Decitabine shows potent anti-myeloma activity by depleting monocytic myeloid-derived suppressor cells in the myeloma microenvironment
Multiple myeloma (MM) remains incurable. The MM microenvironment supports MM cells’ survival and immune escape. Because myeloid-derived suppressor cells (MDSCs) is important in the MM microenvironment, and demethylating agent decitabine (DAC) can deplete MDSCs in vitro and in vivo, we hypothesized that DAC treatment could inhibit MM by depleting MDSCs in the MM microenvironment.
In this study, we used the mouse IL6 secreting, myeloma cell line MPC11 as a model. MDSCs were sorted using magnetic beads and cultured. A transwell coculture assay was used to mimic the microenvironment in vitro. And MPC11-bearing mice model was used to observe the efficacy of DAC treatment in vivo.
In vitro coculture assay indicated that MPC11 cells showed significantly lower proliferation rate, less IL6 production and more apoptosis when they were cocultured with bone marrow cells without MDSCs (nonMDSCs) or DAC-treated bone marrow cells (DAC BMs) than with MDSCs or PBS-treated bone marrow cells (CTR BM). Supplementation with M-MDSCs rescued the inhibitory effect of DAC BMs, while additional NOHA supplementation further antagonized the rescue effect of M-MDSCs. In MPC11-bearing mice, the combined treatment of DAC with anti-Gr1 antibody showed synergistic effect on inhibiting tumor growth and promoting T cell infiltration in the tumor tissue. M-MDSC reinfusion also antagonized the efficacy of DAC treatment.
DAC treatment can inhibit myeloma cell proliferation and induce enhanced autologous T cell immune response by depleting M-MDSCs in the MM microenvironment. We believe that DAC treatment could improve the prognosis of MM in future.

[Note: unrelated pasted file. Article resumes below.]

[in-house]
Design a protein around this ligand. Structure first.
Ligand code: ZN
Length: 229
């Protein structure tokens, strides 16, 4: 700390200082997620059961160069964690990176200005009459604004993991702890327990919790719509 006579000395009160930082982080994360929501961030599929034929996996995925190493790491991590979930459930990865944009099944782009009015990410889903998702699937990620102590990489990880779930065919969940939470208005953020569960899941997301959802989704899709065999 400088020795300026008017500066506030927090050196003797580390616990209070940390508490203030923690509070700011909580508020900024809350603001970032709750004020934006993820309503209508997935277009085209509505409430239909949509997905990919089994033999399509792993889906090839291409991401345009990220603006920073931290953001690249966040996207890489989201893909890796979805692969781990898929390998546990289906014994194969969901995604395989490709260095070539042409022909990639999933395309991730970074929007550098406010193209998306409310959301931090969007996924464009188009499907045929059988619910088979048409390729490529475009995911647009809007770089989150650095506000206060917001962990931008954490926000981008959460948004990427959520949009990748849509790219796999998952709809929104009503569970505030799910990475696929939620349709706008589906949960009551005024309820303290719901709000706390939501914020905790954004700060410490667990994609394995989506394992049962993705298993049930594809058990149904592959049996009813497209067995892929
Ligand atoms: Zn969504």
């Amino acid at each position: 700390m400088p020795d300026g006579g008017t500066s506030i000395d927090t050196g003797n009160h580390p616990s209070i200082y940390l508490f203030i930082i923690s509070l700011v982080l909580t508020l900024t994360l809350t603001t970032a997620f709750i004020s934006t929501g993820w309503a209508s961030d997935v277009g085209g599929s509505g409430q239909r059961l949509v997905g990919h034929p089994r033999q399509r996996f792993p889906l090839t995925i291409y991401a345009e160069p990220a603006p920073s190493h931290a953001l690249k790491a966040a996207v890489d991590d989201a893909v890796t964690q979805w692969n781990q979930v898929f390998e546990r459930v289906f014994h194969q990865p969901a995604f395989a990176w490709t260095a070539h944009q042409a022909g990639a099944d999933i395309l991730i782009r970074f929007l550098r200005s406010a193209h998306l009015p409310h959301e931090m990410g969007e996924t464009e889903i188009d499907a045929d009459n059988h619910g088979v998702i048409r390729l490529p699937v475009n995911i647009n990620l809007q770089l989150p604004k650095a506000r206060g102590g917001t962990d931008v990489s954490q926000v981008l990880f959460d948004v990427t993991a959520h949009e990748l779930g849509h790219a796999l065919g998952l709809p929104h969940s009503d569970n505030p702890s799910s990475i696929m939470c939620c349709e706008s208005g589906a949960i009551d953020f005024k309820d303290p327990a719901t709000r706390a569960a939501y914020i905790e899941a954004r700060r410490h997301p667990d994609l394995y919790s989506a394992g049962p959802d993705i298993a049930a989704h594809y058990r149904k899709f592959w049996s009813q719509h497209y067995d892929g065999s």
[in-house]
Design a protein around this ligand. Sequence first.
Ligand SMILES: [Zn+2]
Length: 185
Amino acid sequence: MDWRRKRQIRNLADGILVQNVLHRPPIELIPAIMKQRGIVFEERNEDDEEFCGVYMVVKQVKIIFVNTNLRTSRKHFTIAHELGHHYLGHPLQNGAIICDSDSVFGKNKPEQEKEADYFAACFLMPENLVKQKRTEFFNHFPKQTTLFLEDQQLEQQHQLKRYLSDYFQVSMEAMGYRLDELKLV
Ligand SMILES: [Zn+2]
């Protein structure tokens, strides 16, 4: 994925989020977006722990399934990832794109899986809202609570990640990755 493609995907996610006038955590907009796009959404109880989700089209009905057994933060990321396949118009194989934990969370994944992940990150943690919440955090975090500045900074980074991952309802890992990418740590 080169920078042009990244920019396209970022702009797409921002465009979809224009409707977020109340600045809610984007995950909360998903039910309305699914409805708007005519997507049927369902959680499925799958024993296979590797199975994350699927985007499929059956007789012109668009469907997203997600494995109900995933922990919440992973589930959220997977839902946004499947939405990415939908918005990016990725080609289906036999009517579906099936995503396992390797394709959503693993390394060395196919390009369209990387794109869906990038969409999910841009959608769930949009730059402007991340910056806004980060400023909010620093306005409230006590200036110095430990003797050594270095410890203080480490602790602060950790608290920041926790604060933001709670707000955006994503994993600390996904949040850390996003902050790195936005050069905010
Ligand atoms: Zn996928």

KeywordsDecitabine Myeloid-derived suppressor cells Myeloma Microenvironment
Myeloid-derived suppressor cells
Monocytic myeloid-derived suppressor cells
Granulocytic myeloid-derived suppressor cells
Bone marrow cells without MDSC
- Tc cells
Cytotoxic T cells
- Th cells
Helper T cells
This work was supported by the National Natural Science Foundation of China (No. 81600168 and 81702082), the Basic Research Project of Shenzhen Science and Technology Program (No. JCYJ20160422145031770), and the Sanming Project of Medicine in Shenzhen (No. SZSM201512006). We thank Yushi Yao from McMaster Immunology Research Centre, McMaster University (Hamilton, Ontario, Canada) for the helpful discussion and technical support.
This work was supported by the National Natural Science Foundation of China (Nos. 81600168 and 81702082), the Basic Research Project of Shenzhen Science and Technology Program (No. JCYJ20160422145031770), and the Sanming Project of Medicine in Shenzhen (No. SZSM201512006).
Compliance with ethical standards
Conflict of interest
Author Jihao Zhou declares that he has no conflict of interest. Author Qi Shen declares that he has no conflict of interest. Author Haiqing Lin declares that he has no conflict of interest. Author Lina Hu declares that he has no conflict of interest. Author Guoqiang Li declares that he has no conflict of interest. Author Xinyou Zhang declares that he has no conflict of interest.
All applicable international, national, and/or institutional guidelines for the care and use of animals were followed. This article does not contain any studies with human participants performed by any of the authors.
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